Marangoni Convection occurs when a surface tension gradient is established at a liquid-gas interface. The variation in surface tension could be driven by an interface temperature gradient, resulting in Thermocapillary Convection, or by an interface concentration gradient, giving rise to Diffuso-Capillary Convection, or a combination of both. Such flows are found to be of interest in microgravity (and otherwise), as they are known to significantly contribute to heat and mass transfer enhancement at the interface. This paper deals with the computational study of bubble induced thermo-diffuso capillary convection in the presence of surfactants and a stratified thermal field.
Bubble induced thermo-capillary convection in a pure liquid has been substantially studied and the effects of various parameters like liquid properties, wettability, bubble size, channel depth, and temperature gradients on the strength of thermo-capillary currents and the associated heat transfer enhancement at the bubble interface are well established.
In this study the physico-chemical properties of an aqueous solution of Sodium-Dodecyl-Sulphate (SDS), a surfactant, were used to introduce the effects of surfactant concentration-induced surface-tension gradients in addition to the temperature induced gradients. Unlike in purely thermo-capillary flows, where the interface sees a near-constant surface-tension gradient from base to apex, the presence of surfactant molecules at the interface results in gradients that vary significantly along the interface with maximum gradients at the bubble base and the apex, resulting in a pair opposing vortices anchored to the bubble interface. The presence of the opposing vortices, results in weaker capillary-flows at higher thermal Marangoni numbers. This is in contrast with purely thermal Marangoni convection, where a larger Marangoni number yields a stronger capillary flow.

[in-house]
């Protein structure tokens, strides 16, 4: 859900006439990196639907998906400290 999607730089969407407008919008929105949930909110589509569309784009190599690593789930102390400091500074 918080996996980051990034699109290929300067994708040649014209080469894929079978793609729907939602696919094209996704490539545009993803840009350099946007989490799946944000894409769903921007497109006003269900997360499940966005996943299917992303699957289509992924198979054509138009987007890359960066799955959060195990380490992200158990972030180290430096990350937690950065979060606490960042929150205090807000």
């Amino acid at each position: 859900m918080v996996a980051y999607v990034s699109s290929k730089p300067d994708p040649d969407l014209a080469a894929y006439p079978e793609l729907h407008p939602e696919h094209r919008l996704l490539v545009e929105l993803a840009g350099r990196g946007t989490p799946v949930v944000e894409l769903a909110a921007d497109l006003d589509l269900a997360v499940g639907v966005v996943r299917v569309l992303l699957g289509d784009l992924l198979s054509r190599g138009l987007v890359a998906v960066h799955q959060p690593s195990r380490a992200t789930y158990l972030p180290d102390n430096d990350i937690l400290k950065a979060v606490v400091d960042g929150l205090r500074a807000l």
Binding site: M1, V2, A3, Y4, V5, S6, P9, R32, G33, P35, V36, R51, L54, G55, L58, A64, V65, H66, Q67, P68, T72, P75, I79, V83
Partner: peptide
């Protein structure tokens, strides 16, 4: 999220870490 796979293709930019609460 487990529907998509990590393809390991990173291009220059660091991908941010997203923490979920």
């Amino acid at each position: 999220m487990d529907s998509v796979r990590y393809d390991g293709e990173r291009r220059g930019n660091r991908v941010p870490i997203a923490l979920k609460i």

It was also observed that while the Marangoni number may provide an accurate estimation of heat-transfer enhancement under steady-state conditions, it may not be possible in the case of a transiently developing Marangoni-flow. The heat transfer enhancement is maximum near the time of bubble introduction and then diminishes to a lower, stable value. Also, the capillary flows and the associated heat transfer is found to significantly vary with the wetting behavior at the liquid-solid-vapor interface, even for the same set of Marangoni numbers.